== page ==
[Narrator]

In the Court of International Trade, the people are represented by two separate yet equally important groups--Customs and Border Protection, which investigates importers, and the Department of Justice, which seeks to collect from them. These are their stories. Actual importers have to get their own lawyers.



["Dum, Dum:" Fade in from black. Lawyers are sitting around a big desk. One is holding a cold scotch in a short glass.]
 
Essentially, what happened is that Robinson appears to have properly received the goods in Los Angeles and transported them to Laredo for export. When the goods arrived in Laredo, where a licensed broker was ready to accept them for exportation to Mexico. The broker stamped in the T&E documents at Customs and Border Protection's unmonitored date stamp machine. The broker also noted in its own log book that it received the T&E documents. However, the log does not show a date of exportation.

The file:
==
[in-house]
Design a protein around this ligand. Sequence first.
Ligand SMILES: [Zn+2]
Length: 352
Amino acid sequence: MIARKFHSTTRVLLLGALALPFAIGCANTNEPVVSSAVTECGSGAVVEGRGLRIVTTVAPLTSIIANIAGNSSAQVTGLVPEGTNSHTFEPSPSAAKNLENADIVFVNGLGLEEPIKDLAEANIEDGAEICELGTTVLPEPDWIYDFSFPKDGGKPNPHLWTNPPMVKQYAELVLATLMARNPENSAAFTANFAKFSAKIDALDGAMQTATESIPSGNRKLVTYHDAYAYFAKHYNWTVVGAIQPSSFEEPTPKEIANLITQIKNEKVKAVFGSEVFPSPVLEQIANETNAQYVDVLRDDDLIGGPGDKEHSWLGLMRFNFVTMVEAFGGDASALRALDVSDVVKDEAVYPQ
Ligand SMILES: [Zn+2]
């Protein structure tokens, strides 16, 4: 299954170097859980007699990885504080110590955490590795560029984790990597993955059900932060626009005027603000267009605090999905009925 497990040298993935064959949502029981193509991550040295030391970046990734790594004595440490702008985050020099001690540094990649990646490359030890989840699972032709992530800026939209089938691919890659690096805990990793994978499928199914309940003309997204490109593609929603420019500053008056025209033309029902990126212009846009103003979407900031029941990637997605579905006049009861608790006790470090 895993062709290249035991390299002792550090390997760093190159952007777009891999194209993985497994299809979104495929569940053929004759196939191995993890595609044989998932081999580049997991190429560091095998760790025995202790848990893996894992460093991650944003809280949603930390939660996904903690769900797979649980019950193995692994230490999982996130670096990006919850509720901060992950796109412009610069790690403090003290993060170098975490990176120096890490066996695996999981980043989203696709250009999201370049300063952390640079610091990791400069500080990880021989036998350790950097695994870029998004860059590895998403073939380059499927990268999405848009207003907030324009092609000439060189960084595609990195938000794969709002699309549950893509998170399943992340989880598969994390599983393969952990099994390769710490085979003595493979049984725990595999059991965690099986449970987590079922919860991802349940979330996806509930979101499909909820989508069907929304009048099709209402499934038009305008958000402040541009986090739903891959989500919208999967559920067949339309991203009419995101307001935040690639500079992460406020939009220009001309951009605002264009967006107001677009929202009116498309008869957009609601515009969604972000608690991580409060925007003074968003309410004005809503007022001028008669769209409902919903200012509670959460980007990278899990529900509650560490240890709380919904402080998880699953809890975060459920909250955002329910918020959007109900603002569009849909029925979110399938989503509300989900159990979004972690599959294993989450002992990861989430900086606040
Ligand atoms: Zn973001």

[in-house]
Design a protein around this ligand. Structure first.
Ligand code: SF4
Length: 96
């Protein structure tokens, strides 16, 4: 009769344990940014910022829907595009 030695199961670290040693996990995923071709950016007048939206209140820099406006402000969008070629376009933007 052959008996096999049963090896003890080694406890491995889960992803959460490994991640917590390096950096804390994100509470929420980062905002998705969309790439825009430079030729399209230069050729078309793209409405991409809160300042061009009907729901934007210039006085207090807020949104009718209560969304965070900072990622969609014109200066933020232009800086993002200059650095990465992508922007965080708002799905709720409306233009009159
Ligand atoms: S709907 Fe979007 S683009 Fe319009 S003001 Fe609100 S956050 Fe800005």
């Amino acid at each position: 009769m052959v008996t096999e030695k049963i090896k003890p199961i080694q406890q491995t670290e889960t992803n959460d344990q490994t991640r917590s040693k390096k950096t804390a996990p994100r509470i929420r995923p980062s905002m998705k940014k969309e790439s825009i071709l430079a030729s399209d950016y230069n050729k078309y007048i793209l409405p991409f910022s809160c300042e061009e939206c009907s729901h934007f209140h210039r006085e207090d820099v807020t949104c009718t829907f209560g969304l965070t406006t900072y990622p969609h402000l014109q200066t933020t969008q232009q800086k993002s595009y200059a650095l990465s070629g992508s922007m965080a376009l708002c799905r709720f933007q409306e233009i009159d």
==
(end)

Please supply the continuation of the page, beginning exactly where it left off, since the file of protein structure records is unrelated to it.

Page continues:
[Cue the ominous music.]

Robinson, for its part, had some documents to show proof of export to Mexico. Specifically, it produced the pedimentos corresponding to the exportations from the U.S. and the importations to Mexico. According to Robinson, it discharged its obligations to Customs and Border Protection when it delivered the goods and T&E documents to the broker in Laredo. That, according to Robinson, should be sufficient to end this case.

[Shot of Robinson's lawyers high-fiving.]

Unfortunately, that is not the last act in this courtroom drama. The government called an expert witness to discuss the actual contents of the pedimentos.

[More ominous music.]